Mouans-Sartoux brought in strict territorial planning controls to limit sprawl and make land available for agriculture. The municipality acquired its own land for farming, and improved the public transport system, limiting the proliferation of roads and other construction projects.

In 1998, prompted by the crisis of mad cow disease, elected officials started looking into serving more organic food in school canteens. At that time, only 3% of produce used in school meals was organic.

It was this drive to renew access to local agriculture that led to the emergence of Biocanteens, a school catering project with benefits for citizens’ health and the environment.

Who was behind the implementation?

Biocanteens was led and delivered by the Municipality of Mouans-Sartoux in collaboration with a number of partners:

  • “Un plus BIO” (First French national network of organic school canteens)
  • Côte d’Azur University (Co-organiser of a University diploma on “local sustainable food projects”)
  • INRA (National Institute for Agricultural Research)
  • Lascaux program (International network of researchers on agriculture and food – based in Nantes, France, to follow sustainable transition in the field of alimentation)
  • Regional Agency of the Ministry of Agriculture
  • Regional Agency of the National Agency for Environment (ADEME)
  • House of fair trade (association and local shop)
  • Boomerang (zero waste shop)
  • Mouans-Sartoux parents’ association

Mouansemble (citizens’ association active in the field of sustainable development)

What was the local journey?

Biocanteens was built on the municipality’s decades-long promotion of sustainable land-use.

  • In 2005, Mouans-Sartoux became an active town in France’s ‘National Health Nutrition Plan’. It modified its school menus to follow the plan's nutritional recommendations and reach a 100% organic food objective in the next years.
  • In 2010, because local organic producers were unable to supply local canteens with enough fresh products, Mouans-Sartoux created a municipal farm. The farm now produces 24 tons of organic fruit and vegetables every year to supply local canteens. It represents 85% of the vegetables eaten in the 3 school canteens existing in Mouans-Sartoux.
  • In 2012, the Biocanteens model was formalised with a local management plan objective to ensure 100% of products in school meals were supplied by organic farms. This transition would be achieved without additional costs, thanks to measuring and controlling food waste to reduce it by 80%.
  • The municipality modified its public procurement specifications, encouraging new local producers.
  • Local canteen staff were trained in sustainable food, to learn to work with organic products and to think differently the process of cooking (cooking on demand, collection of organic composting, introduction of plant proteins and new approach to nutrition)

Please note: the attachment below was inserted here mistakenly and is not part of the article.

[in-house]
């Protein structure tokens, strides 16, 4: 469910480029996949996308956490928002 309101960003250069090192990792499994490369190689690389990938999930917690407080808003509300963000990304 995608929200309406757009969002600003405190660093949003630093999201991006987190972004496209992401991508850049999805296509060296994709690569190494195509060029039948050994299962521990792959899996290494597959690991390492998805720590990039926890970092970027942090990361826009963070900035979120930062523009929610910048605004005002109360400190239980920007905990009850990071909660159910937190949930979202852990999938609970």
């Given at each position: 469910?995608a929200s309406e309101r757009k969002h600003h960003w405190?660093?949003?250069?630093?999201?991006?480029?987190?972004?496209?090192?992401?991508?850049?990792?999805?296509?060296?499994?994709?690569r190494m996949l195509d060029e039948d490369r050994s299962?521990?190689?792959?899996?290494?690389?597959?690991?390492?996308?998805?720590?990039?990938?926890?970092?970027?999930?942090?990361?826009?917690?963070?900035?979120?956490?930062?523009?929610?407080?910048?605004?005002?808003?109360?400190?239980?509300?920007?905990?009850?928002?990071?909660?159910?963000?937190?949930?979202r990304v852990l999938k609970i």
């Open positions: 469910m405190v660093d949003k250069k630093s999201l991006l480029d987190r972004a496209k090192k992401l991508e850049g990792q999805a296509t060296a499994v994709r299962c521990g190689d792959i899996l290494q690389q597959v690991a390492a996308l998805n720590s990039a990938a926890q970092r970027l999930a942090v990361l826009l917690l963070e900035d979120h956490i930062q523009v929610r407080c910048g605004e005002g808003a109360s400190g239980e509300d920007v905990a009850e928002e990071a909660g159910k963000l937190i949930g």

• The municipality organised open days and meetings, workshops and public events (Book Festival, Science Festival, Spring of Possibilities) to raise awareness of local families of the benefits of locally produced organic produce
  • In 2012, to meet increased demand, land available for agriculture was extended from 40 to 112 hectares.
  • Alongside the Biocanteens initiative, the Municipality created the ‘Observatory for sustainable canteens’ in 2012 to measure changes in eating habits.

With Biocanteens sparking broader consumer interest in local organic food, in 2016, the municipality created a new project: the MEAD, or ‘Sustainable Food Education House’. The MEAD embodies the territorial food plan, bringing together local actors, including citizens, and helps develop solutions in organic food production, to move towards local food self-sufficiency.

Mouans-Sartoux joined an international URBACT network in 2018, in order to expand and promote the transfer of sustainable canteens good practice to other European municipalities.

What have been the main outputs & results?

  • Meals from schools (all primary schools and one middle school) of the municipality are 100% organic, with 70% sourced from local agriculture.
  • Today, 85% of the organic food served in Mouans-Sartoux’s canteens are sourced from the municipal farm.
  • Food waste in school canteens has been reduced by 80% in four years, from 150 grams discarded per plate to 30 grams.
  • The price of a 100% organic meal is fixed at 2.01 euros, while in France an industrial non-organic school meal costs on average between 1.50 and 2 euros.
  • Around 110 canteen staff, as well as teachers and staff working for the municipality, have been trained in sustainable food.